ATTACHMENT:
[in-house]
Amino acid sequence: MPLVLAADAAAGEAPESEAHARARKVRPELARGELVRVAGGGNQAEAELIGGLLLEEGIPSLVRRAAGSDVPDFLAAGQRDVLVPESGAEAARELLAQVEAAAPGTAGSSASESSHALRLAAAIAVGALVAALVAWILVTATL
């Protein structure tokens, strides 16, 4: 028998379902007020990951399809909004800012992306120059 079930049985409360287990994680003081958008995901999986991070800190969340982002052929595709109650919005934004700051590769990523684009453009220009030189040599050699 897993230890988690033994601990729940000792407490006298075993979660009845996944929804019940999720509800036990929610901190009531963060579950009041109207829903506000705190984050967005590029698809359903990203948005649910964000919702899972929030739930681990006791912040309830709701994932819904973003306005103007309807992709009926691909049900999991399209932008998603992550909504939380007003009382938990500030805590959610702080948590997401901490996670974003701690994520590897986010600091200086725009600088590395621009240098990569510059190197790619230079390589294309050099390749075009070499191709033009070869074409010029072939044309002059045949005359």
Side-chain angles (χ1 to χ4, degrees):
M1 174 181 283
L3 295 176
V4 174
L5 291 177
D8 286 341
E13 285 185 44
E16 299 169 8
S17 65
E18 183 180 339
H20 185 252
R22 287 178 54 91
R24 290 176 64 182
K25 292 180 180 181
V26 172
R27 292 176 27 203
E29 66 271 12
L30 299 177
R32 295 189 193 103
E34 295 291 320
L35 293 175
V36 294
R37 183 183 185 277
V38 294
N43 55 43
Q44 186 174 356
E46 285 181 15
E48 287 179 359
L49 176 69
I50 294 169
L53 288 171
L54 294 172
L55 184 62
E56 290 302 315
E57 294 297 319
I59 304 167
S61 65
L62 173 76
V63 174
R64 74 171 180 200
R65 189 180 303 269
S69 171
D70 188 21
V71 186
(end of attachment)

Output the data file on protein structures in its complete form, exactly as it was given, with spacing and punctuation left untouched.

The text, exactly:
[in-house]
Amino acid sequence: MPLVLAADAAAGEAPESEAHARARKVRPELARGELVRVAGGGNQAEAELIGGLLLEEGIPSLVRRAAGSDVPDFLAAGQRDVLVPESGAEAARELLAQVEAAAPGTAGSSASESSHALRLAAAIAVGALVAALVAWILVTATL
């Protein structure tokens, strides 16, 4: 028998379902007020990951399809909004800012992306120059 079930049985409360287990994680003081958008995901999986991070800190969340982002052929595709109650919005934004700051590769990523684009453009220009030189040599050699 897993230890988690033994601990729940000792407490006298075993979660009845996944929804019940999720509800036990929610901190009531963060579950009041109207829903506000705190984050967005590029698809359903990203948005649910964000919702899972929030739930681990006791912040309830709701994932819904973003306005103007309807992709009926691909049900999991399209932008998603992550909504939380007003009382938990500030805590959610702080948590997401901490996670974003701690994520590897986010600091200086725009600088590395621009240098990569510059190197790619230079390589294309050099390749075009070499191709033009070869074409010029072939044309002059045949005359």
Side-chain angles (χ1 to χ4, degrees):
M1 174 181 283
L3 295 176
V4 174
L5 291 177
D8 286 341
E13 285 185 44
E16 299 169 8
S17 65
E18 183 180 339
H20 185 252
R22 287 178 54 91
R24 290 176 64 182
K25 292 180 180 181
V26 172
R27 292 176 27 203
E29 66 271 12
L30 299 177
R32 295 189 193 103
E34 295 291 320
L35 293 175
V36 294
R37 183 183 185 277
V38 294
N43 55 43
Q44 186 174 356
E46 285 181 15
E48 287 179 359
L49 176 69
I50 294 169
L53 288 171
L54 294 172
L55 184 62
E56 290 302 315
E57 294 297 319
I59 304 167
S61 65
L62 173 76
V63 174
R64 74 171 180 200
R65 189 180 303 269
S69 171
D70 188 21
V71 186